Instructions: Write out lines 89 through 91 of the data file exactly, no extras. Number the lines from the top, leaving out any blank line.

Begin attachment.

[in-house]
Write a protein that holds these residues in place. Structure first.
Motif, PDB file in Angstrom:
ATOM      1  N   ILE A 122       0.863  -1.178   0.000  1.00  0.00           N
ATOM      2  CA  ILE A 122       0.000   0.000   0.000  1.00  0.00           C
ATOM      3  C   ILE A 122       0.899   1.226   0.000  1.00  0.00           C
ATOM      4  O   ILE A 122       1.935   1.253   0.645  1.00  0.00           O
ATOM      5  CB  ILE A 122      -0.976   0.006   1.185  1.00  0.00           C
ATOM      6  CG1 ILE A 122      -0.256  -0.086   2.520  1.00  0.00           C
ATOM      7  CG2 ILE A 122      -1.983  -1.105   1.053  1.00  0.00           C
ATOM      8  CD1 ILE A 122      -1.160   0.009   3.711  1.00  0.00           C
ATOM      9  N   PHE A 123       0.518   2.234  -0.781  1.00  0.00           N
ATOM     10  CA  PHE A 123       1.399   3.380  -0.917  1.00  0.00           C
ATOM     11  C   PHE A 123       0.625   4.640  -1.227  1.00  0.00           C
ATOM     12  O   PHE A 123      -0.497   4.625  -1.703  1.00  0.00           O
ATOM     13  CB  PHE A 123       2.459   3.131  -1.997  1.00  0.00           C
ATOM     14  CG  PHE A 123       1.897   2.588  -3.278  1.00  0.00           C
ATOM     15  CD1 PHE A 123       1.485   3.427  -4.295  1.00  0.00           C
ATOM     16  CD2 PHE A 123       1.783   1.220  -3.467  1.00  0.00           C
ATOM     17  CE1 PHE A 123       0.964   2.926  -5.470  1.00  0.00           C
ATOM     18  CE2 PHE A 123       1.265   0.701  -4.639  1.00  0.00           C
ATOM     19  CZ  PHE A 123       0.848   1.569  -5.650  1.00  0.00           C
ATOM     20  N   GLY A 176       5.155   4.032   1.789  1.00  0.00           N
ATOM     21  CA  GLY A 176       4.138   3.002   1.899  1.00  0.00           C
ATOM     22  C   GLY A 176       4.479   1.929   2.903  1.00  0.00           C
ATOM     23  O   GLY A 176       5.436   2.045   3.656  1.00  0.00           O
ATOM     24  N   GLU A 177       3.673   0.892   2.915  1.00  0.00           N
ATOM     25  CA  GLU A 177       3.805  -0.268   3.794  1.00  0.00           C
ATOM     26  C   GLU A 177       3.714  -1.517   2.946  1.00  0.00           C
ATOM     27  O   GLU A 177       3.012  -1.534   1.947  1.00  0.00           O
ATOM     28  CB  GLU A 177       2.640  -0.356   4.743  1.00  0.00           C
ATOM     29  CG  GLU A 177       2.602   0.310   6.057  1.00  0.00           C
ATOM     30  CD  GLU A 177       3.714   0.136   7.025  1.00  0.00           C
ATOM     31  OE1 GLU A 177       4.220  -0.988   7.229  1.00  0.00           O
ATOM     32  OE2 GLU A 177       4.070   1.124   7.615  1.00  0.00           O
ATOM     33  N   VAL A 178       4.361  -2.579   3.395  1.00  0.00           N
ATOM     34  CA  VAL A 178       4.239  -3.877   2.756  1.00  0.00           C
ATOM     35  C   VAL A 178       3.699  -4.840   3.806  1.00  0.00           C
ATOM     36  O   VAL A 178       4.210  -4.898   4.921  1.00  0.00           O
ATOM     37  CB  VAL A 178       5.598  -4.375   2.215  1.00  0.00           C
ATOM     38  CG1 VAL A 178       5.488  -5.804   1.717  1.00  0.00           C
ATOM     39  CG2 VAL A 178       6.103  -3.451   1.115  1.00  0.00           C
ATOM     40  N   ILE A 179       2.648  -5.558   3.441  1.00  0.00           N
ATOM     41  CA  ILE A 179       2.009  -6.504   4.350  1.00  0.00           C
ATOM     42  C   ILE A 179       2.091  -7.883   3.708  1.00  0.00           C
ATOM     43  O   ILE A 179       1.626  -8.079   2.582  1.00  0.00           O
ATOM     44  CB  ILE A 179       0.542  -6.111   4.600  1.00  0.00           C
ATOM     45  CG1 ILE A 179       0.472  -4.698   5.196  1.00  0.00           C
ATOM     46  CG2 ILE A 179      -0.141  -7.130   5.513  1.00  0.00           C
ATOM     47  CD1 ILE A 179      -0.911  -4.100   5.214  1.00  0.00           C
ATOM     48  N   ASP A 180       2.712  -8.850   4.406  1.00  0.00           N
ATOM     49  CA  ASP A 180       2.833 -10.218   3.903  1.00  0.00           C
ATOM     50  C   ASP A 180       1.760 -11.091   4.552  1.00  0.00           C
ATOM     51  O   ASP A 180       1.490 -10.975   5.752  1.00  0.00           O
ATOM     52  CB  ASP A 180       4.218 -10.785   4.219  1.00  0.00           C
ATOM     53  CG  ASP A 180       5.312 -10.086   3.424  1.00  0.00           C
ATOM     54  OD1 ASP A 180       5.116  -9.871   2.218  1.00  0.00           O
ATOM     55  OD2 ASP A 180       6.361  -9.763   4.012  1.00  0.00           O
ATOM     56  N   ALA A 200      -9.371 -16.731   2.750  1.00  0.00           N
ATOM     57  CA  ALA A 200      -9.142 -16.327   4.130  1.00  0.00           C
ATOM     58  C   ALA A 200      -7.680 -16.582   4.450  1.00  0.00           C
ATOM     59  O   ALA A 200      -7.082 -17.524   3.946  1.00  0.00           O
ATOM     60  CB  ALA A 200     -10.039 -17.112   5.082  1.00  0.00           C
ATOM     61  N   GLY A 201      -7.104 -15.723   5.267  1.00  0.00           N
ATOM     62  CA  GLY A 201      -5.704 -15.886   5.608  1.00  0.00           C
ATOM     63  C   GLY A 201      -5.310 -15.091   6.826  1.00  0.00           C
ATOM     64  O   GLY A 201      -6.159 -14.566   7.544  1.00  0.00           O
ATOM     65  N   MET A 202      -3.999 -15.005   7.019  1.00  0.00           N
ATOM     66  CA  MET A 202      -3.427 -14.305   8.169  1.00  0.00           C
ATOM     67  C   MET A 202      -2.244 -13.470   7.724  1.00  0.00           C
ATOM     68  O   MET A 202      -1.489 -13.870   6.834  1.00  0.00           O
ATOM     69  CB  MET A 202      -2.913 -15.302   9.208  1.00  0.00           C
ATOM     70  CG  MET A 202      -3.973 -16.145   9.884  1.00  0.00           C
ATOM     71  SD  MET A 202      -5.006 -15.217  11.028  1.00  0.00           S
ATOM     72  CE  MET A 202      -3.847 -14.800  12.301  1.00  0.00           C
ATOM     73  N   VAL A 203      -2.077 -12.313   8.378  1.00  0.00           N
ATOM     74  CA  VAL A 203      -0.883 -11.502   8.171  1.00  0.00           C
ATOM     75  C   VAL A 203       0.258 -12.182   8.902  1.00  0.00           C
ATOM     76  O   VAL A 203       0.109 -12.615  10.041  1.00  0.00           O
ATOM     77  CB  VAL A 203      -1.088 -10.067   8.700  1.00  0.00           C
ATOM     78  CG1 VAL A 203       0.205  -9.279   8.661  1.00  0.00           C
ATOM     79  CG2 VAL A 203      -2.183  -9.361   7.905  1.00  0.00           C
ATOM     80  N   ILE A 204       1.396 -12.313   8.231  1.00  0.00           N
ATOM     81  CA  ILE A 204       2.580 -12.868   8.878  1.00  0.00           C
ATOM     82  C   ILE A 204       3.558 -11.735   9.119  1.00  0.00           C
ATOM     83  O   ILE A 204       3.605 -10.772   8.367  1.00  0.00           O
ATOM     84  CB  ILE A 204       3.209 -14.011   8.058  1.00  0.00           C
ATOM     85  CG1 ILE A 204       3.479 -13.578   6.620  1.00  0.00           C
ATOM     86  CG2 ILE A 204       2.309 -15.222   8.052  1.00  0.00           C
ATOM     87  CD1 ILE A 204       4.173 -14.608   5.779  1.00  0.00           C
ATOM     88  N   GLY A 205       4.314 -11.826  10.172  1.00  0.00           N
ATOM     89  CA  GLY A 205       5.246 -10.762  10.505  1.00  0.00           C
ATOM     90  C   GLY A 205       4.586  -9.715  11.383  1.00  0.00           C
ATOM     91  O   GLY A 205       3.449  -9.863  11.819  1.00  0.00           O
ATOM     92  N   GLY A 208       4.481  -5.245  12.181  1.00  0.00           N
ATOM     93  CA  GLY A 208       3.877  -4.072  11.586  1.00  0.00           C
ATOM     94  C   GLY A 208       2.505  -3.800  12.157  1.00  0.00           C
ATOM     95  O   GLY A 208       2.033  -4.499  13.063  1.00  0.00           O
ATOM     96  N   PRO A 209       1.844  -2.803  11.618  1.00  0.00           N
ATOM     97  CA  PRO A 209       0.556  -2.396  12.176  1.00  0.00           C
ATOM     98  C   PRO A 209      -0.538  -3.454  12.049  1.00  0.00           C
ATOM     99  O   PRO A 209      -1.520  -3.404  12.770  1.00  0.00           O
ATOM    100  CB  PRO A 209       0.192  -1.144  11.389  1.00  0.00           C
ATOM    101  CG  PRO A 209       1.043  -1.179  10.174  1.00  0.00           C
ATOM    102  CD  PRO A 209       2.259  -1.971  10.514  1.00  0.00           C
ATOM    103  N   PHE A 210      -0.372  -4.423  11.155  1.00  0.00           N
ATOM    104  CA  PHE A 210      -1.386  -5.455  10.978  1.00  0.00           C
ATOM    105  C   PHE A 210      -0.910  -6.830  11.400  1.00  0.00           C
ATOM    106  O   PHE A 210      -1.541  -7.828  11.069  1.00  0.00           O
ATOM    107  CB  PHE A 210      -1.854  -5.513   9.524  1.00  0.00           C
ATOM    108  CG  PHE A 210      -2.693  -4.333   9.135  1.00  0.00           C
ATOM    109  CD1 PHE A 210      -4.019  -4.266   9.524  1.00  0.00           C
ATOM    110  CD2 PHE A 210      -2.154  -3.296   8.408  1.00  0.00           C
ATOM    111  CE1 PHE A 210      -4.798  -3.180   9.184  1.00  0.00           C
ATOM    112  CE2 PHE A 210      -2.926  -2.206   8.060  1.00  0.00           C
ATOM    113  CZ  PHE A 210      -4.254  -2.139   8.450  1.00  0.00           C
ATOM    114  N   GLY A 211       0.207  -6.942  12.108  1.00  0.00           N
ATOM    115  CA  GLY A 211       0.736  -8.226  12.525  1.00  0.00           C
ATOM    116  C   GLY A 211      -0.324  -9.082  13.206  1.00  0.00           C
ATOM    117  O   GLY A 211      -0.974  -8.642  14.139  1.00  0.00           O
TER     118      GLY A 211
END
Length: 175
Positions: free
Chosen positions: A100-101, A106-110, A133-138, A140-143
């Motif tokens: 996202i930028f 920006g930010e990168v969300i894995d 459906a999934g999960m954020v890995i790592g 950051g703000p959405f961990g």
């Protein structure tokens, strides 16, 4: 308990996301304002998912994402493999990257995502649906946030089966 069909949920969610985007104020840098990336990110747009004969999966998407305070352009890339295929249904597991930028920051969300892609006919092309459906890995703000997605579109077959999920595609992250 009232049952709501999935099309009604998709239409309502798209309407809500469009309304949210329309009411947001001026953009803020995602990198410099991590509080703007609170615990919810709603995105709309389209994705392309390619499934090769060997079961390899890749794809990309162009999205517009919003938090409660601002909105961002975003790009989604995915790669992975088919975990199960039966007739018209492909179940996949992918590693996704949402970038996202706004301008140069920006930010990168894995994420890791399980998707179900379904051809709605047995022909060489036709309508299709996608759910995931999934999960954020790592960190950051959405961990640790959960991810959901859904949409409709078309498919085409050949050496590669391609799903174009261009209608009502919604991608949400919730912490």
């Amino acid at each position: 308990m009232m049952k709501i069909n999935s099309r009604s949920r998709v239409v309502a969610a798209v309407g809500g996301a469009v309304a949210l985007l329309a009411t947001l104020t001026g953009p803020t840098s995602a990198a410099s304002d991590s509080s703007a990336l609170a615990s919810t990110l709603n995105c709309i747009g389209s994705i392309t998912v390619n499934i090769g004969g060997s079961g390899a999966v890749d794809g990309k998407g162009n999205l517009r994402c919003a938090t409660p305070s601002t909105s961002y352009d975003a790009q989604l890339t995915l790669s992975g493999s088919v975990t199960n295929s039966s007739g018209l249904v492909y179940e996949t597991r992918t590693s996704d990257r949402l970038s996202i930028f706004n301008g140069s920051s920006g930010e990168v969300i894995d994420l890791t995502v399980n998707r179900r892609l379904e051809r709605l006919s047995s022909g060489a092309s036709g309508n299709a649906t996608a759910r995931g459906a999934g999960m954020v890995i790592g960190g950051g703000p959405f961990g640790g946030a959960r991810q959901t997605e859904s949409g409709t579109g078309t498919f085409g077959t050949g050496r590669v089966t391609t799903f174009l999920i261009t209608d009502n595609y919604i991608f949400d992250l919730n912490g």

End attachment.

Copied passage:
ATOM     86  CG2 ILE A 204       2.309 -15.222   8.052  1.00  0.00           C
ATOM     87  CD1 ILE A 204       4.173 -14.608   5.779  1.00  0.00           C
ATOM     88  N   GLY A 205       4.314 -11.826  10.172  1.00  0.00           N